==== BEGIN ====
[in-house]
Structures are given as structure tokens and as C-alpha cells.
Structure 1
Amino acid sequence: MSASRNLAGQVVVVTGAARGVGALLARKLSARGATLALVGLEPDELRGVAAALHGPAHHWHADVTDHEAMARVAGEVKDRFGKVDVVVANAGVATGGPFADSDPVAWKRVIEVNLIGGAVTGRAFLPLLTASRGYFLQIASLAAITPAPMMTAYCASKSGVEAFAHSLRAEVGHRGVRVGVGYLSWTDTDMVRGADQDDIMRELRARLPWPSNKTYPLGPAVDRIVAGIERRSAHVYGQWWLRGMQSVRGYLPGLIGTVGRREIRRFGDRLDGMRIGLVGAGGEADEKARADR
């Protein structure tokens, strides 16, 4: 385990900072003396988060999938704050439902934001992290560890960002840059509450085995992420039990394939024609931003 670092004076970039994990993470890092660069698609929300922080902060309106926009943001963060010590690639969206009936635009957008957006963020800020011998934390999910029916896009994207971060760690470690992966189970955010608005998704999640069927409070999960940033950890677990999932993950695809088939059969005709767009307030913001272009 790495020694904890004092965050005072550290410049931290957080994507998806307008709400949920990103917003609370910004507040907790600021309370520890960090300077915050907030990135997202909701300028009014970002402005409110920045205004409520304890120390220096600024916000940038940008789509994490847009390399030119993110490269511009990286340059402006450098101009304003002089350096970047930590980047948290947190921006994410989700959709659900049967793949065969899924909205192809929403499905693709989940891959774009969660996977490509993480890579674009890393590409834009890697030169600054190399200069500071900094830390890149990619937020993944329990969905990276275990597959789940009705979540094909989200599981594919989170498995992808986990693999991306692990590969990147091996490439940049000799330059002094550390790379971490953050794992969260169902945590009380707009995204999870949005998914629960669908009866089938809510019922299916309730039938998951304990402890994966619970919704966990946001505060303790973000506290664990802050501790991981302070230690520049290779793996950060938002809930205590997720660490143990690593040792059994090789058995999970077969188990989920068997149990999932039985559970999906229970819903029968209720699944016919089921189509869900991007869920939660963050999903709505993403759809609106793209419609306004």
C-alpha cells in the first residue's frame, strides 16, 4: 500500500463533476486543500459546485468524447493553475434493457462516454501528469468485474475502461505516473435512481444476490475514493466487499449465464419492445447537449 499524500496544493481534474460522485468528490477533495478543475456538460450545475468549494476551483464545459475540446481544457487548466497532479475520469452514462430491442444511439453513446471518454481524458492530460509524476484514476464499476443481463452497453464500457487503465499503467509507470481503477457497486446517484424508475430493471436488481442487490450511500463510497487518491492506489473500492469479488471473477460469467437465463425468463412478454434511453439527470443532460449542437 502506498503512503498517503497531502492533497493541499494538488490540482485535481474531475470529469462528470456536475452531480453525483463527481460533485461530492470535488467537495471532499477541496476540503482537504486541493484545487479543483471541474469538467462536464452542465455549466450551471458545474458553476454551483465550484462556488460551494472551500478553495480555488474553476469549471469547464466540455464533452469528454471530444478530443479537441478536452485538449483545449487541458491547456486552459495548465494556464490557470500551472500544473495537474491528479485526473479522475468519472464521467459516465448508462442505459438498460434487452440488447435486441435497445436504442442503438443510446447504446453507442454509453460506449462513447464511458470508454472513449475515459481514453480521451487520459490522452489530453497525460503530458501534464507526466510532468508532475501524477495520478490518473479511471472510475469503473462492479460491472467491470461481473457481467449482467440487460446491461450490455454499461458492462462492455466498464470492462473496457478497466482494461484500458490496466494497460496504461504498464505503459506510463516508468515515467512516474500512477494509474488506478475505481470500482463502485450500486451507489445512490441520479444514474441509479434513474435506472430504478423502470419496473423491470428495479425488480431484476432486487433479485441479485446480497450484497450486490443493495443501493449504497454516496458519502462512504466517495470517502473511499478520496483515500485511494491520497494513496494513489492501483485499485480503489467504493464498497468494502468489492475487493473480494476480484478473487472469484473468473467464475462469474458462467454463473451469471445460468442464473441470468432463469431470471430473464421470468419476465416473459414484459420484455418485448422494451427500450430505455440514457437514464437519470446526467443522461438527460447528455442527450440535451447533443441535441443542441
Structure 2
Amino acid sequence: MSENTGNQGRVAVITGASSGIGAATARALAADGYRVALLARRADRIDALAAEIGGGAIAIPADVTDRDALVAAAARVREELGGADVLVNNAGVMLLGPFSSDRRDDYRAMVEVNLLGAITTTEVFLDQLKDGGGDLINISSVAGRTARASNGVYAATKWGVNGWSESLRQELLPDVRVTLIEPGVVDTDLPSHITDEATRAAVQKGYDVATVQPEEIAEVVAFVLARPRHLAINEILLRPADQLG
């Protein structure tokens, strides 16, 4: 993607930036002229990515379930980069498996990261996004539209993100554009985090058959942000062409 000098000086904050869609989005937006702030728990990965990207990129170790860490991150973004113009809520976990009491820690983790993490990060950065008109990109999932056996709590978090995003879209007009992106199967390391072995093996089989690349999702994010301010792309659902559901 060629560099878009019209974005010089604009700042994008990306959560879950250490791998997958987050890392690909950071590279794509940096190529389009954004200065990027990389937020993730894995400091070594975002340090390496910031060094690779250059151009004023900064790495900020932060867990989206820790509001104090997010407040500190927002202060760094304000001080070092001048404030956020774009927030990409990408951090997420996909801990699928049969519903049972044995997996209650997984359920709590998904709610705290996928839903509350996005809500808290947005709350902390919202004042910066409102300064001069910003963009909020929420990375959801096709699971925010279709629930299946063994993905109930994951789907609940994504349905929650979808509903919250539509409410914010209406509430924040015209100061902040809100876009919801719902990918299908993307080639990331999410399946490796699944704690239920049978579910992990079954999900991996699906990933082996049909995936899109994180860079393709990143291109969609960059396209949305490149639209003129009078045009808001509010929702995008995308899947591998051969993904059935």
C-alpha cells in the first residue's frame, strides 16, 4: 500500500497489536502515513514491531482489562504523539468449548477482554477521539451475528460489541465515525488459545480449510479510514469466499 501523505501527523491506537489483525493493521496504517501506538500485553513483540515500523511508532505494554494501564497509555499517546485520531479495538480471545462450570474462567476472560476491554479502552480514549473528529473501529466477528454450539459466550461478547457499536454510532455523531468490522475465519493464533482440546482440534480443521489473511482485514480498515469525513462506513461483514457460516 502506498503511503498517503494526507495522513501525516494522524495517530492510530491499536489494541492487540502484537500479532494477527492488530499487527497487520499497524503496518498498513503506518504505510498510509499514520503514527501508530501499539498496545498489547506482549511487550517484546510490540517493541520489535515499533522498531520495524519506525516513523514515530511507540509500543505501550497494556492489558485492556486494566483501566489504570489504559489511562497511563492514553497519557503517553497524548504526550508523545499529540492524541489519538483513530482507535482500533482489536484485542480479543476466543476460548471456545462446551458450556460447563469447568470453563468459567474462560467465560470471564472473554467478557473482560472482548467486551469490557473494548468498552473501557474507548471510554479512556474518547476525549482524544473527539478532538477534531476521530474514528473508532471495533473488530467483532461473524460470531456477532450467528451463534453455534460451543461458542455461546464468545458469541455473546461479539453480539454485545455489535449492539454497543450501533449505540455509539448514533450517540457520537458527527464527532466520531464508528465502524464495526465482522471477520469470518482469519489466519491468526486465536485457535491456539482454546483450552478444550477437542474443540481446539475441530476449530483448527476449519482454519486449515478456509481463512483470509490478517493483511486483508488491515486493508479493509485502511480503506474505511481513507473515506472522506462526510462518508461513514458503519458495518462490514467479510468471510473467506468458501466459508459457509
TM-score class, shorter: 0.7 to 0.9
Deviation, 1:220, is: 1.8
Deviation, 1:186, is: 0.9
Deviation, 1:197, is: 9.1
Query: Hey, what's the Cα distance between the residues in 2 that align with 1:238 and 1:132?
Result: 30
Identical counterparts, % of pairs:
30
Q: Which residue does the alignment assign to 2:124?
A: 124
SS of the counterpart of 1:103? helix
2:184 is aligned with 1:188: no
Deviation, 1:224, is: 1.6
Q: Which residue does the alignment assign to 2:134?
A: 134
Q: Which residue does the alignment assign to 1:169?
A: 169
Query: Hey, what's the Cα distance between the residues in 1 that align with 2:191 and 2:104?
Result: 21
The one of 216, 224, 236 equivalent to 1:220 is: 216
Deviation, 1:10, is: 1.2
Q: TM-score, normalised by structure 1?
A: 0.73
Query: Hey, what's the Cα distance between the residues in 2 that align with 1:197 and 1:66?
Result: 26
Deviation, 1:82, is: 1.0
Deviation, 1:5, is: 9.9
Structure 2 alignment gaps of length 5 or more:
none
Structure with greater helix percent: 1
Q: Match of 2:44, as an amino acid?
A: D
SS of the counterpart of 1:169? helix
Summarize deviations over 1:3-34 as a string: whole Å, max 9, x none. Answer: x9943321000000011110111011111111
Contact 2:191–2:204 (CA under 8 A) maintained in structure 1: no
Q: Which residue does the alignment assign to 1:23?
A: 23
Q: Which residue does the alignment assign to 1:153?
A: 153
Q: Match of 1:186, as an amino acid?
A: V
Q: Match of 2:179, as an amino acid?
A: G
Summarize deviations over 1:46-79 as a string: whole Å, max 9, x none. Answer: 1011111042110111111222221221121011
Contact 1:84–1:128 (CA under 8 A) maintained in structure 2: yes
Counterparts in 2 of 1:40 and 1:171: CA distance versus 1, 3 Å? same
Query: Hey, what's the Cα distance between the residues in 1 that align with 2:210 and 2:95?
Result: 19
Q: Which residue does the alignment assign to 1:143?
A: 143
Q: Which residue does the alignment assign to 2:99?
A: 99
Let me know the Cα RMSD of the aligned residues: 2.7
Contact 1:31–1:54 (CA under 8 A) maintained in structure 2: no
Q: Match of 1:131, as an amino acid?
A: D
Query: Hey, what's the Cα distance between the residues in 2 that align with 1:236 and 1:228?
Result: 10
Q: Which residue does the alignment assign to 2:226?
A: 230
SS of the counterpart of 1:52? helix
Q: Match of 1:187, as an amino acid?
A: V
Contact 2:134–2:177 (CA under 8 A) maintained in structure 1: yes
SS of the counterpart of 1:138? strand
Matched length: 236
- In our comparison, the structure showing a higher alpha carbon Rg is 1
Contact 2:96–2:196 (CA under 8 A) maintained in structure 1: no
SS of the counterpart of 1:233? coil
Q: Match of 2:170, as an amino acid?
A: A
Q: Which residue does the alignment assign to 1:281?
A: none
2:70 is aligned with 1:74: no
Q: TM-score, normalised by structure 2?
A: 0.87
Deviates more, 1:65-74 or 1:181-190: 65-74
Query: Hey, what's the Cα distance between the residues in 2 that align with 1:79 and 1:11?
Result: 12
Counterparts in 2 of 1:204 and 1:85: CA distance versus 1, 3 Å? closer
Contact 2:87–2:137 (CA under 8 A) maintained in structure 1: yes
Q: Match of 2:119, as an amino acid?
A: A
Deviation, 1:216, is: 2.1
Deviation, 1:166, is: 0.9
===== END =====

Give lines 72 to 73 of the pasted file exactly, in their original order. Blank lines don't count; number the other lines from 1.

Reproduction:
Q: Match of 1:187, as an amino acid?
A: V